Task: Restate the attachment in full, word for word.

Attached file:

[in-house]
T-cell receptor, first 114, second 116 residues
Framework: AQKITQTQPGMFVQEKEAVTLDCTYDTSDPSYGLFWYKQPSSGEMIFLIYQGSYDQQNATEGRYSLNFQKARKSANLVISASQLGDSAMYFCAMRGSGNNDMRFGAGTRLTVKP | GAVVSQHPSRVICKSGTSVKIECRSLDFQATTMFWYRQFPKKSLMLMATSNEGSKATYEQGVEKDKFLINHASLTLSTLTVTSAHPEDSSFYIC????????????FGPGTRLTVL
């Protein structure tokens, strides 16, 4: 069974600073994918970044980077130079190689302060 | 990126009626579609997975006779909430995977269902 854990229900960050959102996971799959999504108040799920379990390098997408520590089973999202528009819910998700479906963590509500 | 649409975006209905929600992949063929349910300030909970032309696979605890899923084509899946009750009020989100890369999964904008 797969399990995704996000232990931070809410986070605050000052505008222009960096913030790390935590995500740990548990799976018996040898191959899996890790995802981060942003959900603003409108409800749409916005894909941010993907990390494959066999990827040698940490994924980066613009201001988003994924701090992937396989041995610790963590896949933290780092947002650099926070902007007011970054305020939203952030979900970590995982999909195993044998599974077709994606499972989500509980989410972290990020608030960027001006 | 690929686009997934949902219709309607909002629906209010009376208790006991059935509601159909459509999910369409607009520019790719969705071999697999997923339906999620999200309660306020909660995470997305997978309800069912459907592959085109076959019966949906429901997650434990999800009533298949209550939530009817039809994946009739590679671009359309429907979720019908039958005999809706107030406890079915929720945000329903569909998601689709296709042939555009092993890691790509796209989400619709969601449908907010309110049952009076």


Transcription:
[in-house]
T-cell receptor, first 114, second 116 residues
Framework: AQKITQTQPGMFVQEKEAVTLDCTYDTSDPSYGLFWYKQPSSGEMIFLIYQGSYDQQNATEGRYSLNFQKARKSANLVISASQLGDSAMYFCAMRGSGNNDMRFGAGTRLTVKP | GAVVSQHPSRVICKSGTSVKIECRSLDFQATTMFWYRQFPKKSLMLMATSNEGSKATYEQGVEKDKFLINHASLTLSTLTVTSAHPEDSSFYIC????????????FGPGTRLTVL
């Protein structure tokens, strides 16, 4: 069974600073994918970044980077130079190689302060 | 990126009626579609997975006779909430995977269902 854990229900960050959102996971799959999504108040799920379990390098997408520590089973999202528009819910998700479906963590509500 | 649409975006209905929600992949063929349910300030909970032309696979605890899923084509899946009750009020989100890369999964904008 797969399990995704996000232990931070809410986070605050000052505008222009960096913030790390935590995500740990548990799976018996040898191959899996890790995802981060942003959900603003409108409800749409916005894909941010993907990390494959066999990827040698940490994924980066613009201001988003994924701090992937396989041995610790963590896949933290780092947002650099926070902007007011970054305020939203952030979900970590995982999909195993044998599974077709994606499972989500509980989410972290990020608030960027001006 | 690929686009997934949902219709309607909002629906209010009376208790006991059935509601159909459509999910369409607009520019790719969705071999697999997923339906999620999200309660306020909660995470997305997978309800069912459907592959085109076959019966949906429901997650434990999800009533298949209550939530009817039809994946009739590679671009359309429907979720019908039958005999809706107030406890079915929720945000329903569909998601689709296709042939555009092993890691790509796209989400619709969601449908907010309110049952009076």